22.7 C
Byron Shire
December 3, 2021

Eight years of ‘suffering’ for Australia’s asylum seekers

Latest News

COVID update December 3: One new case and advice for international travellers

One new case of COVID-19 was reported for Northern NSW Local Health District (NNSWLHD) in the 24 hours to...

Other News

Personal responsibility?

Every month I, and many like me, make a worrying trip to pathology to have my blood tested. I...

Councillors

I wanted to give credit where it is due and thank the editor for the preferences article, which I...

Which values are important for the region?

Public opinion sure is divided about the Dunoon Dam (the DuD). Clearly it does not have sufficient social licence...

Fake Greens

This is a strange election. Michael Lyon, Jeanette Martin (and retired Simon Richardson) all rode the Greens ticket to get...

Lismore saw one new case of COVID-19

A new case of COVID-19 was confirmed in Lismore in the 24 hours to 8pm 30 November.

Own nothing, go serfing

Although Sapote Brook’s Echo letter correctly stated that nothing was done at COP26 to stop global warming, nevertheless, over...

Eight years: that’s how long Australia’s government has been detaining some refugees and asylum seekers.

Ballina Region for Refugees [BRR]has highlighted the dubious anniversary this week by again calling on Northern Rivers’ locals to write to politicians demanding an end to detention for people who found to be genuine refugees.

The group has launched its ‘8 years too long’ campaign in partnership with the Australian Refugee Action Network (ARAN).

Australia’s legacy of suffering for aslyum-seekers

The anniversary marks the day former Labor Prime Minister Kevin Rudd announced asylum seekers who come here by boat without a visa would never be settled in Australia.

BRR says more than 3,100 people seeking asylum in Australia have since been sent off-shore to Manus Island in Papua New Guinea or to the island state of Nauru.

There have been 14 deaths recorded in detention and what asylum seeker advocates describe as ‘immeasurable suffering’.

But where are these asylum seekers and refugees now?

BRR says Australian authorities have transferred 1,223 people to Australia for medical treatment, including 192 so-called ‘Medevac refugees’.

But the advocates say the asylum seekers are in limbo with no path to safe resettlement.

Another 125 aslyum seekers are reportedly still in PNG while 108 are still on Nauru and 942 have left for resettlement in United States, with another 240 having received provisional approval.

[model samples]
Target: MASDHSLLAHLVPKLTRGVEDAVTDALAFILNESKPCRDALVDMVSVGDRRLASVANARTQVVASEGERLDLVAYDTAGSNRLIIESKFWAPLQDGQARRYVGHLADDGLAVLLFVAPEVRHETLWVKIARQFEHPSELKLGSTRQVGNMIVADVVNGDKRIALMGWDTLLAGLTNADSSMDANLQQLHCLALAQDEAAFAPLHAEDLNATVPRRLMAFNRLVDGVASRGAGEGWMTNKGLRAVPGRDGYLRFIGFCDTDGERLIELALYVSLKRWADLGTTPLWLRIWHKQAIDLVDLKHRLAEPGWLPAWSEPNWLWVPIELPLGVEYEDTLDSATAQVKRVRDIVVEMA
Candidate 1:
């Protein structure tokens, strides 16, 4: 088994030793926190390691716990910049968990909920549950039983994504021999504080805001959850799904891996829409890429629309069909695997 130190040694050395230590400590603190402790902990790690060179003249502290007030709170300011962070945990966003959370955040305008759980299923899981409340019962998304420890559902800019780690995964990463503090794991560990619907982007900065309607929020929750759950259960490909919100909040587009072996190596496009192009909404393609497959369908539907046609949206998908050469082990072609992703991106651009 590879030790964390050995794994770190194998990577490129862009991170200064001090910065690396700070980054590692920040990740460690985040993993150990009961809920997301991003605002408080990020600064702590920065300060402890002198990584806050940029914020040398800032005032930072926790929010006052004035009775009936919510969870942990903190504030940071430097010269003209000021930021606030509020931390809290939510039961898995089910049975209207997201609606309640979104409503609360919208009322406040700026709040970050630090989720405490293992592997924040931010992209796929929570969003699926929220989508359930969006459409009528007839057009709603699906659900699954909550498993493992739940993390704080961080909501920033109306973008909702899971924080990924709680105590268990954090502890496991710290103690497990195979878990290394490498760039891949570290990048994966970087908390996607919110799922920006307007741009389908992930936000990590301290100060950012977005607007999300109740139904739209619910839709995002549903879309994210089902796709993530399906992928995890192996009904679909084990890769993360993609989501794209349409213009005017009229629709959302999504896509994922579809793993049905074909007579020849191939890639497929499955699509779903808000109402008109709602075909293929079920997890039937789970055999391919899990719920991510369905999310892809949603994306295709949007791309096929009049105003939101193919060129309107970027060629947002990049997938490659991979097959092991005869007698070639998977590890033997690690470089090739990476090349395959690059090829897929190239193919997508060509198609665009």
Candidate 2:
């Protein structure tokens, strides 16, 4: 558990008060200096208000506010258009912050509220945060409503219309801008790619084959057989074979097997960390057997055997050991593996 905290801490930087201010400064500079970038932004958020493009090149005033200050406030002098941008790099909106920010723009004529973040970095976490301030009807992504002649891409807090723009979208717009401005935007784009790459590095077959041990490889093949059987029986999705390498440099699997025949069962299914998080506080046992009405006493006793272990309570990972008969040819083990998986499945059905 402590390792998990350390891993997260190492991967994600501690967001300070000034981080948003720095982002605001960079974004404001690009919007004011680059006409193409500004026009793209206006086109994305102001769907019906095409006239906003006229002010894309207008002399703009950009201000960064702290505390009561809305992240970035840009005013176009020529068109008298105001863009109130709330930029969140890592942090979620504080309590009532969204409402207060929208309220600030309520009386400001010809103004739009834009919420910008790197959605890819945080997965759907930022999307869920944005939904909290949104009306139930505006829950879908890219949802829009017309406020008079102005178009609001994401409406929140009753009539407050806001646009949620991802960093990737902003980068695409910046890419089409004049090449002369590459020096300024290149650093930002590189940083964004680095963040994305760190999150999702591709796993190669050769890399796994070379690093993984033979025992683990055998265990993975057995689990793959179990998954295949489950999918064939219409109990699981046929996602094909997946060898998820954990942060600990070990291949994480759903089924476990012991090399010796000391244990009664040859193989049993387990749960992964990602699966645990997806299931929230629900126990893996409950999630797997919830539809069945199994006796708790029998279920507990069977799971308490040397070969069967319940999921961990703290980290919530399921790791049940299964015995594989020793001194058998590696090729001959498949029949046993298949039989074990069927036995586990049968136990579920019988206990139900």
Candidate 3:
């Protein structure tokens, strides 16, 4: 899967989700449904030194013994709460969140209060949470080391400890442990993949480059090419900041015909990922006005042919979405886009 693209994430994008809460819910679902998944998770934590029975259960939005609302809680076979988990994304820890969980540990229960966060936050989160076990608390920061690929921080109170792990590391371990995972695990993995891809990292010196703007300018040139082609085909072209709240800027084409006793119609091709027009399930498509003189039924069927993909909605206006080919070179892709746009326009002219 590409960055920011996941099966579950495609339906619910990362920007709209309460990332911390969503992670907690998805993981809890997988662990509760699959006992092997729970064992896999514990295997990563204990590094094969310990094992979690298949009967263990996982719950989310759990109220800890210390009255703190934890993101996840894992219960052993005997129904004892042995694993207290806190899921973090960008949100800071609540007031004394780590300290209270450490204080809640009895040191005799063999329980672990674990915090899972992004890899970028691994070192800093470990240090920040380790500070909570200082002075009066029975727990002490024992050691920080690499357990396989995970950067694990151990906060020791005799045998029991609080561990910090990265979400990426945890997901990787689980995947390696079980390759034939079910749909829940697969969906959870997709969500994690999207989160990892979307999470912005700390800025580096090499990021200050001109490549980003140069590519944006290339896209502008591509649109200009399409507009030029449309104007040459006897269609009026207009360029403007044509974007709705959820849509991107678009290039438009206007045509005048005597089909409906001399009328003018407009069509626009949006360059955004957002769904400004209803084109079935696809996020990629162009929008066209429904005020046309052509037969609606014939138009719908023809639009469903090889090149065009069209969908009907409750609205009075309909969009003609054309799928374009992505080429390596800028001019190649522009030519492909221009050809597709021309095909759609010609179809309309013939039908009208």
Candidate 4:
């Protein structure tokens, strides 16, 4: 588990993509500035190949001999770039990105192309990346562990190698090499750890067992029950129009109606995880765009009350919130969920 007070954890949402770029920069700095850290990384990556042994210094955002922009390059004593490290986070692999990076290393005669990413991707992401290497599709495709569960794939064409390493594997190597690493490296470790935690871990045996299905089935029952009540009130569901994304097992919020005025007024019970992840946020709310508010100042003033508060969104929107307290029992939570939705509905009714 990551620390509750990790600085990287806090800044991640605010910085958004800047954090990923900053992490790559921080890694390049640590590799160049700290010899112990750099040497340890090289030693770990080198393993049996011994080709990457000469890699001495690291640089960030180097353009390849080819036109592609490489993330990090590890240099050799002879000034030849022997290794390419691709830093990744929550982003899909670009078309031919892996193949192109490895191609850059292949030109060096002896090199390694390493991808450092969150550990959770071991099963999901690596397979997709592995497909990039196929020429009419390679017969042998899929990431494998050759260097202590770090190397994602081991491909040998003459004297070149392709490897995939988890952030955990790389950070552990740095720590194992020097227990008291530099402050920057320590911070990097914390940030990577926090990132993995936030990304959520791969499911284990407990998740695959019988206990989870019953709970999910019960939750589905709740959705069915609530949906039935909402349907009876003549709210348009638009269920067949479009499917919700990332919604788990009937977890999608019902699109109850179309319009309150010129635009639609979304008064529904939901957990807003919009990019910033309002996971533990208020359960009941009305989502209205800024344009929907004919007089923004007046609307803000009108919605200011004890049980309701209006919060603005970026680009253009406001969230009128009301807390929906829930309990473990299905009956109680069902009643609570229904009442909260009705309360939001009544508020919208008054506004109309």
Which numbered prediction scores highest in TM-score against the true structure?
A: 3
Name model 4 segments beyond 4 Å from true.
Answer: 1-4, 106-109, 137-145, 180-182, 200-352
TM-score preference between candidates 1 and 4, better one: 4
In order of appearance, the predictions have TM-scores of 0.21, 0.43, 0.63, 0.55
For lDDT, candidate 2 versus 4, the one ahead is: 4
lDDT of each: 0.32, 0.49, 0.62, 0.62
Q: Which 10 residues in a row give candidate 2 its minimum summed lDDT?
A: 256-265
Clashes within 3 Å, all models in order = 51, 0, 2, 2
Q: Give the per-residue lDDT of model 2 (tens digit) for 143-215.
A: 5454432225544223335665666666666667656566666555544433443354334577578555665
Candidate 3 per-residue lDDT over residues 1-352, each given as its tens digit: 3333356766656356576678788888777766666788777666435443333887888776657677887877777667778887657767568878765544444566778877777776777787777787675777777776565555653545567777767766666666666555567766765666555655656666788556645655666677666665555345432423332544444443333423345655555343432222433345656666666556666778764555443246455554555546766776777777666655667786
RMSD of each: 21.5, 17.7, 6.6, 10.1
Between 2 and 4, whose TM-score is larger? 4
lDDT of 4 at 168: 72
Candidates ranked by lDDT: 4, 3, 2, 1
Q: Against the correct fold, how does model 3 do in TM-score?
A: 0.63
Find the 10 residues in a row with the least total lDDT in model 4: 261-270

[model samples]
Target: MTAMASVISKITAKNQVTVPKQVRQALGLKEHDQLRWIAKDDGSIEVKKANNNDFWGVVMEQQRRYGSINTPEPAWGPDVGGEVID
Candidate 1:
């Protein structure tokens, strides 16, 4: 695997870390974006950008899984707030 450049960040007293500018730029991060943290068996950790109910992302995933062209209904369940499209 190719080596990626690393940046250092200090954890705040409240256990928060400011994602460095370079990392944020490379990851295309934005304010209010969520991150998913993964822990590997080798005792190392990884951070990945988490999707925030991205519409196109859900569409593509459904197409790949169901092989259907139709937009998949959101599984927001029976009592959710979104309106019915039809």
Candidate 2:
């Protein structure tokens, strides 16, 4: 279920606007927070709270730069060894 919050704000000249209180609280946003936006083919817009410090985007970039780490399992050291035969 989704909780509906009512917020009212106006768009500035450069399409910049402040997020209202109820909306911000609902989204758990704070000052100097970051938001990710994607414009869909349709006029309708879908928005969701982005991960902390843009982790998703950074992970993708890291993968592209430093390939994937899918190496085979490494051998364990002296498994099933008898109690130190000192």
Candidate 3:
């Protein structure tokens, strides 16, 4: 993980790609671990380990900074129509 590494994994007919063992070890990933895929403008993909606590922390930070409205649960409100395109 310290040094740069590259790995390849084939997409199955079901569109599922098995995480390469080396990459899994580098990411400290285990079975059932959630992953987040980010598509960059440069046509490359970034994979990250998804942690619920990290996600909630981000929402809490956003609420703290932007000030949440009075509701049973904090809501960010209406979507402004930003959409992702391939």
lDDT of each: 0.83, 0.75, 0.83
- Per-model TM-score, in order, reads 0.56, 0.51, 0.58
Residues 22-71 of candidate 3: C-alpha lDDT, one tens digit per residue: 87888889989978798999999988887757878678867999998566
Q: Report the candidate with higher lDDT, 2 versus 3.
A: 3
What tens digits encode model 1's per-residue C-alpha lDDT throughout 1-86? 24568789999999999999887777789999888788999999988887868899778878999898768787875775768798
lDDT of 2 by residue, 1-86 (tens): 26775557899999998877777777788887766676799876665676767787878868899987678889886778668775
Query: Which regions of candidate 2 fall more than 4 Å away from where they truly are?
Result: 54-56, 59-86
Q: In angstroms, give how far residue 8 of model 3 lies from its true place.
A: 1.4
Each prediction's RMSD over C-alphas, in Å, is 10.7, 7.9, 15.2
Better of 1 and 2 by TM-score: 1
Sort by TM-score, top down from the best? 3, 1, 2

In total, the Refugee Council of Australia estimates that about 1200 of the 3,100 people subjected to offshore processing since 2013 are in limbo with no pathway to safe resettlement.

How to lobby the government for change to asylum-seeker policy

BRR is calling on the federal government to end off-shore asylum seeker arrangements with PNG and Nauru; bring remaining refugees to safety;provide safe resettlement options for all those still in limbo, including those already transferred here in Australia; and toaccept New Zealand’s resettlement offer.

The group has shared a link to an extensive resource kit for anyone wanting to take action: https://aran.net.au/actions/8-years-too-long/.


Support The Echo

Keeping the community together and the community voice loud and clear is what The Echo is about. More than ever we need your help to keep this voice alive and thriving in the community.

Like all businesses we are struggling to keep food on the table of all our local and hard working journalists, artists, sales, delivery and drudges who keep the news coming out to you both in the newspaper and online. If you can spare a few dollars a week – or maybe more – we would appreciate all the support you are able to give to keep the voice of independent, local journalism alive.

1 COMMENT

LEAVE A REPLY

Please enter your comment!
Please enter your name here

Last mayoral candidates Q and A: are you a landlord?

Here at The Echo we have seen and heard the word ‘housing’ come up time and again throughout the local government election campaign period, whether it’s from candidates or other voters.

On the ground work assists evicted women 

We know the region has some of the highest rents, and highest housing costs in Australia. We all know that this has virtually eliminated affordable housing. We hear the stories of women and children being evicted, of couch surfing and living in cars.

What do the Tweed Council candidates stand for?

The final day of voting for your local Tweed Shire Councill candidates is Saturday 4 December at a venue near you.

Today is International Day of People with Disability

This language trend around People With a Disability has tended to emphasise the disability rather than the person, which can lead to derogatory labelling, depersonalisation or impersonal, collective references.